who lost his life when his offspring helicopter tragically went down in afghanistan. and now his family and friends have found a way to honor his life and sacrifice through an annual event that is now used to raise funds for a college scholarship awarded to students at eden prairie high school where randy graduated in 1985. in addition to this scholarship, his run seeks to raise awareness of the contributions of our men and women in uniform that they make every day to keep america free. the major may not live us but his memory lives on through his family and friends and his community and through the scholarships through the local high school students that share his values. i yield back. the speaker pro tempore: the gentleman yields back the balance of his time. for what purpose does the gentleman from ohio rise? mr. kucinich: mr. speaker, i ask permission to address the house for one minute. the speaker pro tempore: the gentleman from ohio is recognized for one minute. mr. kucinich: as congress struggles to come up with this deal over government debt, we all know that all we had
every month for military operations in afghanistan alone to prop up a corrupt and incompetent karzai government. how about ending wasteful subsidies to big agriculture companies? how about asking billionaire hedge fund managers to pay the same tax rates as their secretaries? the truth is that the best way to deal with our long-term fiscal situation is to grow our economy. that means creating jobs and putting people back to work. the last election i thought was about jobs. we haven't talked about jobs at all since the new republican majority became -- came to power. that means investing in things like education and infrastructure and green technology and medical research. that's the kind of economic future the american people deserve. the boehner default plan would take us exactly in the wrong direction and urge my colleagues on both sides of the aisle to reject it. i yield back the balance of my time. the speaker pro tempore: the gentleman yields back the balance of his time. the gentleman from california has 5 1/2 minutes remaining. the gentleman is recognized. mr. dreier: mr
of other members of congress, there were warlords from the northern alliance of afghanistan that wanted to meet with us because we were told that the administration didn't want to meet with them and after we met with them it was clear why the administration wouldn't want to. now, i was not aware and it was during the bush administration, of course, our initial actions in afghanistan, we sent in intelligence, we sent in special forces, we sent in weaponry, we equipped the northern alliance tribes who had a special personal interest in defeating the taliban. and afghanistan as a whole had seen how evil the taliban was. how much damage they could do to society as they burned paintings and books and films and totally suppressed freedom in afghanistan. they knew. these people were evil but they were afraid of them but with the united states weaponry, with our guidance and intelligence training these people defeated the taliban. what i was not aware of until we met with these folks and turns out i could have been aware, i just was not, but do you the research, you find out, the bush administr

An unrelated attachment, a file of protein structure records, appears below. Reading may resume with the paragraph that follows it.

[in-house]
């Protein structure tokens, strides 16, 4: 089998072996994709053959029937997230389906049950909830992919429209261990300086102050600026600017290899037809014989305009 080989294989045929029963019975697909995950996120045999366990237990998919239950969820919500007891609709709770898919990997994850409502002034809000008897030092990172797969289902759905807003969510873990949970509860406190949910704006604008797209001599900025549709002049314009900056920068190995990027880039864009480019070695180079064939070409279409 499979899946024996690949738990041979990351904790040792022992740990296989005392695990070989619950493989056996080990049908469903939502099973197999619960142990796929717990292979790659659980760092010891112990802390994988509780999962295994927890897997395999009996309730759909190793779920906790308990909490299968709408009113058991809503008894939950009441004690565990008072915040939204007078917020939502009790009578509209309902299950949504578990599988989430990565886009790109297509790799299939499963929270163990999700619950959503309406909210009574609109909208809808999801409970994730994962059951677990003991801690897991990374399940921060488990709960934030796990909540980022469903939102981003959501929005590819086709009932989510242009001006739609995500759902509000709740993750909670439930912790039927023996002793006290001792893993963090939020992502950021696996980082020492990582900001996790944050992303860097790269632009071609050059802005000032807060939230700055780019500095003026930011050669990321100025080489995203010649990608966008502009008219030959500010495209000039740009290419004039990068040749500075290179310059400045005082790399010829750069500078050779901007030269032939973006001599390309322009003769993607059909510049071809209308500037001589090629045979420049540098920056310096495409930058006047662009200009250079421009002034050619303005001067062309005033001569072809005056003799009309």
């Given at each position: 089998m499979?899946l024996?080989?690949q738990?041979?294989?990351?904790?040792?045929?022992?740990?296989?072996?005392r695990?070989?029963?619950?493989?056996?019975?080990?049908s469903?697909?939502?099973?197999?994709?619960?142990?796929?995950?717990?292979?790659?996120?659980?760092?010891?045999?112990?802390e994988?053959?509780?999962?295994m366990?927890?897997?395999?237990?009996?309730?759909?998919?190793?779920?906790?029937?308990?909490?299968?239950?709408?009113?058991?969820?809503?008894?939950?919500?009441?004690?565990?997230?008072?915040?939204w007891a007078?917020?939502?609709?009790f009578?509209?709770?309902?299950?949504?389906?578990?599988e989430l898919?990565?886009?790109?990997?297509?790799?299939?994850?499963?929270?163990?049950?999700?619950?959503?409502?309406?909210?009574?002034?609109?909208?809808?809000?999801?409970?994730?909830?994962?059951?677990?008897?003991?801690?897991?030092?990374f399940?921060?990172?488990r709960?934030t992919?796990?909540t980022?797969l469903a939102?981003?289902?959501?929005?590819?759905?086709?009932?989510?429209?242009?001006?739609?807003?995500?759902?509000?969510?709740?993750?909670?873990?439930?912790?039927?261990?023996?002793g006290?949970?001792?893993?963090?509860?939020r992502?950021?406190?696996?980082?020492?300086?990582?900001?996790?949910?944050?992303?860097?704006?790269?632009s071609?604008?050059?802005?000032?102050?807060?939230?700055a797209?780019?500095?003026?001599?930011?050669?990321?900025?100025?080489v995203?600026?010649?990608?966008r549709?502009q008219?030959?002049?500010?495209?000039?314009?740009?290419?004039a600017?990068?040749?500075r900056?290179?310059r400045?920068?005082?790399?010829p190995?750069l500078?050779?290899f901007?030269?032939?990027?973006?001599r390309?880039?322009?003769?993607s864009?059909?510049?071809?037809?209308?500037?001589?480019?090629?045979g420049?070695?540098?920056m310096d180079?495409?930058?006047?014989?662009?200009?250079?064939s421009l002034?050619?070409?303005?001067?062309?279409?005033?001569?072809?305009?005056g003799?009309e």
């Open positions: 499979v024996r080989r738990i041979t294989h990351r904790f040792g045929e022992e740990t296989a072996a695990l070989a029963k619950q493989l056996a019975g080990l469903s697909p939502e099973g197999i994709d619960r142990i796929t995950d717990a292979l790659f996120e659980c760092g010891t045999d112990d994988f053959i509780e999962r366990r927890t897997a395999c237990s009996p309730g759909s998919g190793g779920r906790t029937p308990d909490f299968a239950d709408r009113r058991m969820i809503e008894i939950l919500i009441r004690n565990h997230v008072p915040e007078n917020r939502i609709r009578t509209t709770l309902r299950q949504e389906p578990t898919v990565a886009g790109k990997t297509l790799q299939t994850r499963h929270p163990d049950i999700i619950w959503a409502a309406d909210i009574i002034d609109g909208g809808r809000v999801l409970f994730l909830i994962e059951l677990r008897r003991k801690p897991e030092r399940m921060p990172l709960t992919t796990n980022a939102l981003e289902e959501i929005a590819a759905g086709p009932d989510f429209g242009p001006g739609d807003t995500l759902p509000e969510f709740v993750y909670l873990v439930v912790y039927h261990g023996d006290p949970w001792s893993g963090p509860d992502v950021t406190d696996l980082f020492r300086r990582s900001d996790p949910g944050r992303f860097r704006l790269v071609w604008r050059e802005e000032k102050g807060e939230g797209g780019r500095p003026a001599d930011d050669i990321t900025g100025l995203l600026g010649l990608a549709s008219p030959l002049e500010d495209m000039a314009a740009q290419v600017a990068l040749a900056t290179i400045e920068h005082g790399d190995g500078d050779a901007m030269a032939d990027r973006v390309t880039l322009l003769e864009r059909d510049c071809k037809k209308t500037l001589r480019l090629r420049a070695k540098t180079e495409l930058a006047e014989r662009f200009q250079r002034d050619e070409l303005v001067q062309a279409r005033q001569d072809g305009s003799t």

in afghanistan alone to prop up a corrupt and incompetent karzai government. how about ending wasteful subsidies to big agriculture companies? how about asking billionaire hedge fund managers to pay the same tax rates as their secretaries? the truth is that the best way to deal with our long-term fiscal situation is to grow our economy. that means creating jobs and putting people back to work. the last election i thought was about jobs. we haven't talked about jobs at all since the new republican majority became -- came to power. that means investing in things like education and infrastructure and green technology and medical research. that's the kind of economic future the american people deserve. the boehner default plan would take us exactly in the wrong direction and urge my colleagues on both sides of the aisle to reject it. i yield back the balance of my time. the speaker pro tempore: the gentleman yields back the balance of his time. the gentleman from california has 5 1/2 minutes remaining. the gentleman is recognized. mr. dreier: mr. speaker, as i listen to my friend from the other side